Who is this player? Dave Goltz, starting pitcher, Minnesota Twins After averaging 14 victories for the six straight seasons, Dave Goltz signed a huge $3-million dollar contract with the Los Angeles Dodgers for the 1980 season. While Goltz was in demand, the six-year deal raised eyebrows around the league. He threw two complete-game shutouts in April, but lost five decisions in a row and didn't earn another victory until August. By then, his contract was being openly questioned and Goltz finished the season with a 7-11 record. He was given the ball for the one-game NL West playoff with the Houston Astros, but Goltz and the Dodgers lost 7-1.
The righthanded Goltz was the first native Minnesotan signed by the Twins to reach their major league roster. He was selected by the Twins after a scout discovered him throwing in his backyard the previous year. His rise to the major leagues was deterred by some arm trouble in the minors and a tour of duty in Vietnam in 1969. He did, however, rebound to fire a no-hitter during a 14-win 1971 campaign split between two Single-A clubs. He made his major league debut in 1972 against the New York Yankees at Yankee Stadium.
In his eight years with the Twins, Goltz became the fourth winningest pitcher in club history, never having a losing season. He established himself the ace of the staff in 1977 when he led the league with 20 wins and logged 303 innings pitched. He also led the league in games started and finished six in the AL Cy Young Voting. Goltz was also a notorious slow starter, having never won a game in April until 1979. Despite that, his 96 wins in a Twins uniform established him as a workhorse and one of the better pitchers in the league at that time.
Moved to the bullpen in 1981, Goltz made his first appearance in the postseason as the Dodgers advanced to the World Series. Dave pitched in two Series games as Los Angeles won their first World Championship in 16 years. When he started poorly to start the 1982 season, he was released by the Dodgers. The California Angels quickly signed him and he went 8-5 as the Angels went on to win the AL West. Goltz again pitched in the postseason, but California fell to the Milwaukee Brewers in five games. An 0-6 start, in addition to a torn rotator cuff, ended his 1983 season in June and would also end Goltz' 12-year major league career.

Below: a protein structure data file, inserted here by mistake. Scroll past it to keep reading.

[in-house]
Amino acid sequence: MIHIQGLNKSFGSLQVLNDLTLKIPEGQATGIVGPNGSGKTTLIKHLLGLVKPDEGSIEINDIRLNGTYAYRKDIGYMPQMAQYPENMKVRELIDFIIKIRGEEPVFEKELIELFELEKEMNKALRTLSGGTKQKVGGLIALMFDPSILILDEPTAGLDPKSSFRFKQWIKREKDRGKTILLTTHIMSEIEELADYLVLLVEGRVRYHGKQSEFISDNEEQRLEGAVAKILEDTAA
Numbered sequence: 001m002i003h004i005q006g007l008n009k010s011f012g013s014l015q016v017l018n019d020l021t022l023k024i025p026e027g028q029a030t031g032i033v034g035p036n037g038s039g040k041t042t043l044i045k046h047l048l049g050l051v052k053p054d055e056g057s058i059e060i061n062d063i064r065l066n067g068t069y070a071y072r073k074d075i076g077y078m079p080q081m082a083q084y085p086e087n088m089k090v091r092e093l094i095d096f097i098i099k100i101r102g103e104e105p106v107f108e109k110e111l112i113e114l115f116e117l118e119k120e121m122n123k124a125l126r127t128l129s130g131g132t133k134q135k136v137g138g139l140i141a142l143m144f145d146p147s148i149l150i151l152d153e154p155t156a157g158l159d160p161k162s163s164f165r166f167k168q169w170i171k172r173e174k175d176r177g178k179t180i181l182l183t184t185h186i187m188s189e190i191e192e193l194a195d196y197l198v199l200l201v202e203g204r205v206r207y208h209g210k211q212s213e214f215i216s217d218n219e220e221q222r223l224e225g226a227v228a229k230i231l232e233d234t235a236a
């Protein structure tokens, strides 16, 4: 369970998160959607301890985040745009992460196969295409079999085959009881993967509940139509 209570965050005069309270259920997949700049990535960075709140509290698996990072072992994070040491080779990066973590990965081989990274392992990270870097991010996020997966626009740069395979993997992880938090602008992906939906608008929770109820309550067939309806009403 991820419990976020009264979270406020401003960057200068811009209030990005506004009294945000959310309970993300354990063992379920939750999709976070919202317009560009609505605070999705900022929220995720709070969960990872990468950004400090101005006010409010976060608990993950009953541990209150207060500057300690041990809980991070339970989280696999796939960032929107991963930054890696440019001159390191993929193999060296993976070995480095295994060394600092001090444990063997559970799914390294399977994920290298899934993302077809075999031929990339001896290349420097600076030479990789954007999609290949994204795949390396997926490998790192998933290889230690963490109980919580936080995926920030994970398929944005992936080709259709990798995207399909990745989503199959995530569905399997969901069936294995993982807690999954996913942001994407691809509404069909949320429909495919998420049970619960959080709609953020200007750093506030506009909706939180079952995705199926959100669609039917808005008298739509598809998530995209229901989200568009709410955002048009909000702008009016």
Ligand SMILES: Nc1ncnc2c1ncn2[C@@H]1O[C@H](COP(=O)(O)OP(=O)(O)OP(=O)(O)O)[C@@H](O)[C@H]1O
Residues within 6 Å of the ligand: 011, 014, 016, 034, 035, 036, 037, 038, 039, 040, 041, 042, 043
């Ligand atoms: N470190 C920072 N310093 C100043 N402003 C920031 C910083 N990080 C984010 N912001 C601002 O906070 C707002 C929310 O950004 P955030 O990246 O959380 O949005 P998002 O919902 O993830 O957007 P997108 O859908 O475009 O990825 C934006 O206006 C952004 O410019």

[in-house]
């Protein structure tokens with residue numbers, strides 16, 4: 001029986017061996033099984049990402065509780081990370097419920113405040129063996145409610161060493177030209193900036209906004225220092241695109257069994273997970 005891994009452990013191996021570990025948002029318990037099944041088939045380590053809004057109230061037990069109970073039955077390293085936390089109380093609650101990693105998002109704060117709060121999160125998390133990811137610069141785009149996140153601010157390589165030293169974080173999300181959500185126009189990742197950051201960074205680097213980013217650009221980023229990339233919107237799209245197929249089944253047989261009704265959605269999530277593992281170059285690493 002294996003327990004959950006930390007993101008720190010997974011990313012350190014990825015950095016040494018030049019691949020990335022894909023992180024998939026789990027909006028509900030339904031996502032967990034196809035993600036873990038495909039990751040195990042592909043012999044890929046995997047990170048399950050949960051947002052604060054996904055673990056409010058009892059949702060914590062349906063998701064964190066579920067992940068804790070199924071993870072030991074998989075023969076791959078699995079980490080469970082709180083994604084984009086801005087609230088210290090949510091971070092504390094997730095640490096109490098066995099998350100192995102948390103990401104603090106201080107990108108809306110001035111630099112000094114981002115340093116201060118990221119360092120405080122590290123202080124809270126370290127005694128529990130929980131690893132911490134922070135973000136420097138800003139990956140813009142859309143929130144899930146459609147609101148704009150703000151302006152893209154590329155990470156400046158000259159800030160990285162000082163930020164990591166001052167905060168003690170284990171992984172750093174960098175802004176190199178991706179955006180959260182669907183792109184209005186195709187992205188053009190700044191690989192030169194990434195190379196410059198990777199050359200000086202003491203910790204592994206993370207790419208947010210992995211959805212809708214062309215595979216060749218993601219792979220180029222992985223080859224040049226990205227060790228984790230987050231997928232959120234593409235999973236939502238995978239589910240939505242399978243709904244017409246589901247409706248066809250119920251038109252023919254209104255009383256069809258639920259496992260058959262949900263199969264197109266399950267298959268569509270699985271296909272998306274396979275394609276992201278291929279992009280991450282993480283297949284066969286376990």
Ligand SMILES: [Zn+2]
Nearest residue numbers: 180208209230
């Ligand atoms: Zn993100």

In retirement, Goltz has made a recent living making personal appearances and motivational speaking. Our friends over at Project Baseball 1976 even found that he did some work as an umpire for high school baseball games.
Why I love this card This is a great action shot of Goltz. For years, I thought that he was delivering to home plate in this shot, but it is fairly obvious that he was attempting a pickoff throw. We've been through 193 cards and this is the first to feature any a guy attempting a pickoff. Sweet.
Something else.... Since the Save became an official statistic, Goltz holds the record for the most runs in a saved game. On June 6 1973, in Cleveland, he was charged with 8 runs in a 3 inning save; he helped to turn a 9-1 lead into a 13-9 win.
This blog is inspired by several influences; first, the other blogs dedicated to a single season of Topps sets and the folks at http://www.deanscards.com/, who provide a great resource of all years of cards (and from whom I stole the awesome header).
Mainly though, this blog is inspired by my Dad who during the summer of 1980, fully introduced me to the great game of baseball through these cards. Every one of these cards is somehow connected to a memory of that time.